Do you want to know what kind of paint for deck is the best? Painting or repainting a boat is a task that can be one-off or recurring. Between antifouling every year, repainting the hull, deck, and live and dead artwork, these tasks need the best paints. Moreover, when it comes to renovating the interior paint, the task may become difficult.
Furthermore, you need to know which product to paint your boat, and where to buy marine paint. Let’s find the answers now.
What Kind of Paint for Deck: For Which Parts of the Boat?
The first step is to decide which part of the boat to paint. Then you have to adapt the type of paint to the type of material you want to paint.
Paint for the Hull
Whatever the length of the boat, each part of a hull is divided into 2 segments:
The “lively works” are the part of the hull that is in the water. They extend from the bottom of the keel to the waterline. Due to their permanent or quasi-permanent immersion, live works must receive a treatment. It prevents the proliferation of dirt, algae and shells.
The “dead works” are all the rest of the hull, from the waterline to the deck list. They are “dead” because they do not influence the boat’s progress through the water. Since they are not immersed, you should paint them with a paint adapted to the material of the hull.
What Kind of Paint for Deck: For The Deck, the Hold and the Cabin
The bridge is divided into 2 large sections according to its deck plan:
- The gangways and the sections that experience crew traffic must be non-slip
- All the rest of the deck, where regular traffic is not essential, the marine paint can be an option
- The paint should be suitable for the material, or left rough (wooden deck)
Since it receives stagnant water and oil residues, the hold must receive specific treatment.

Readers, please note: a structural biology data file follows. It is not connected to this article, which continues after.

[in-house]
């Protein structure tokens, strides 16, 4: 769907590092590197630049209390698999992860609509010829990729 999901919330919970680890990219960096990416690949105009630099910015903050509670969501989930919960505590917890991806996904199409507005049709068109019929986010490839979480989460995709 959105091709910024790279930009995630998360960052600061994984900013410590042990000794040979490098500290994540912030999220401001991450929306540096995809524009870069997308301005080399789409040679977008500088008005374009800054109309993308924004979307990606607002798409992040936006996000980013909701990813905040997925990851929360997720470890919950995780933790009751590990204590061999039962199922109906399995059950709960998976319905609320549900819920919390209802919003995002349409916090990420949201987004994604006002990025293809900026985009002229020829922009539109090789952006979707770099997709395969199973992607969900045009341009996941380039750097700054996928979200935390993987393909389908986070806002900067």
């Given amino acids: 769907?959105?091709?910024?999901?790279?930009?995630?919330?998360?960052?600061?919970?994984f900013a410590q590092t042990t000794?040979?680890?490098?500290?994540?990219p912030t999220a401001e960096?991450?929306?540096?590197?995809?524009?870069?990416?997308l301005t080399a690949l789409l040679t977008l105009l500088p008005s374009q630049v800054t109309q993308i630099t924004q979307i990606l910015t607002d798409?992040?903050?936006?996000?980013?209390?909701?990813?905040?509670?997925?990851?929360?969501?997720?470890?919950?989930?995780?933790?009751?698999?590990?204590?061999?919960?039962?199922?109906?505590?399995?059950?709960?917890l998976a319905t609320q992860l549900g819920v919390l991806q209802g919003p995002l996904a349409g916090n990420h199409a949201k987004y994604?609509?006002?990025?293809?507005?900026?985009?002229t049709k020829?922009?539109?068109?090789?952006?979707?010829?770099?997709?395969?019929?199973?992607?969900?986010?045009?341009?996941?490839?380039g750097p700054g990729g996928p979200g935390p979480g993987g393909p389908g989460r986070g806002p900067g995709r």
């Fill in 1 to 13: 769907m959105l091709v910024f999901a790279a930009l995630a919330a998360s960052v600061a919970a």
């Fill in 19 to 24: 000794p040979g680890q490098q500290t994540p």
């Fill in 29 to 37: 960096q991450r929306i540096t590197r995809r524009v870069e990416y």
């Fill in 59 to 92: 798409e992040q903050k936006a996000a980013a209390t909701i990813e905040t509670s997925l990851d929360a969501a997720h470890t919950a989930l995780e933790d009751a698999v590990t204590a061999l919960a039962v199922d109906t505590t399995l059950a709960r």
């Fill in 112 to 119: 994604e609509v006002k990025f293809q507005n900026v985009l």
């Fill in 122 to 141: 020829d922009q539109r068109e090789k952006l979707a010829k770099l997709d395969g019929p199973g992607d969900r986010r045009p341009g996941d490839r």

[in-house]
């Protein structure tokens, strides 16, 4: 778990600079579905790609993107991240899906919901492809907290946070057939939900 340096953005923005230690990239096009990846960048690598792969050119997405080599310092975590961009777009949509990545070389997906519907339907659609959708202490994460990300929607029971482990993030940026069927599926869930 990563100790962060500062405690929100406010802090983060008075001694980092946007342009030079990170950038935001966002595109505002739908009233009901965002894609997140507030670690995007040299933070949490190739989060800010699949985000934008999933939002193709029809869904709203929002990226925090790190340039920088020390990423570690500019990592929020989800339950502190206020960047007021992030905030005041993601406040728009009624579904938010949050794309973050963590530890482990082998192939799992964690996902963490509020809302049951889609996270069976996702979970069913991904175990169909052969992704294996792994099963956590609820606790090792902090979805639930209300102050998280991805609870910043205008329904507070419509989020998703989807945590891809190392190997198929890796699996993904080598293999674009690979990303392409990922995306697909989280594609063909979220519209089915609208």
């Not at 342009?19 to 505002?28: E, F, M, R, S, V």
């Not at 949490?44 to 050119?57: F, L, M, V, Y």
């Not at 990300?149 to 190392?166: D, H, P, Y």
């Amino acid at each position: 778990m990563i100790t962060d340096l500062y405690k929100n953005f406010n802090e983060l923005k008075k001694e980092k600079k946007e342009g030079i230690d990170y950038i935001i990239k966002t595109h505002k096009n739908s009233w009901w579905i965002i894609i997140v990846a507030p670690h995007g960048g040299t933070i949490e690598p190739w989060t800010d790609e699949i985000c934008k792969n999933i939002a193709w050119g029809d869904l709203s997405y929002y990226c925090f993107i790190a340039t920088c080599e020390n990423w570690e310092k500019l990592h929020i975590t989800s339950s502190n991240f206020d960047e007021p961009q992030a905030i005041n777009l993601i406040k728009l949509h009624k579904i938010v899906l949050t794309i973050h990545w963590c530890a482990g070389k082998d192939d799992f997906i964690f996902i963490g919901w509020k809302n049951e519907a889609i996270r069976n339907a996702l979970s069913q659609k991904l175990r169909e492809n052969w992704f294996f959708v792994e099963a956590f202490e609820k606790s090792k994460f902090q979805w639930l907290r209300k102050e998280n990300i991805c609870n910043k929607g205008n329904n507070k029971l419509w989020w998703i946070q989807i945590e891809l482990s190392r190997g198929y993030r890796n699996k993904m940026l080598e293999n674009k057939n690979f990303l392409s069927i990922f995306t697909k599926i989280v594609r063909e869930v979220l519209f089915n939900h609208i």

Please note: You should treat the interior of the cabin and crew quarters with “marine” quality paints, and follow the specific instructions.
What Kind of Paint for Deck: Laying Operations and Regulations
The painting of the live works must be done at least every year. The anti-fouling” paint is the paint that prevents algae, shells and various types of dirt from attaching to the hull.
Antifouling paints are now mainly hyper-slippery. They favor the movement in the water, and prevent the adhesion of marine organisms.
If you want to install a new antifouling, you need to scrap off the live artwork to remove residues and dirt. In addition, it enables the removal of the old layer of antifouling that has become inactive. This operation is called the “refit” of the vessel. It requires removal from the water (by craning or towing).
Various Types of Antifouling
Underwater paintings are classified according to their characteristics:
Erodable (or semi-erodible) antifouling: The layer of antifouling paint wears out with friction, so that its degree of wear can be seen in the shade that disappears. Erodable antifoulings are for slow boats.
Hard matrix antifouling: The paint layer does not wear, even at high speed, and these antifoulings are suitable for both slow and fast boats .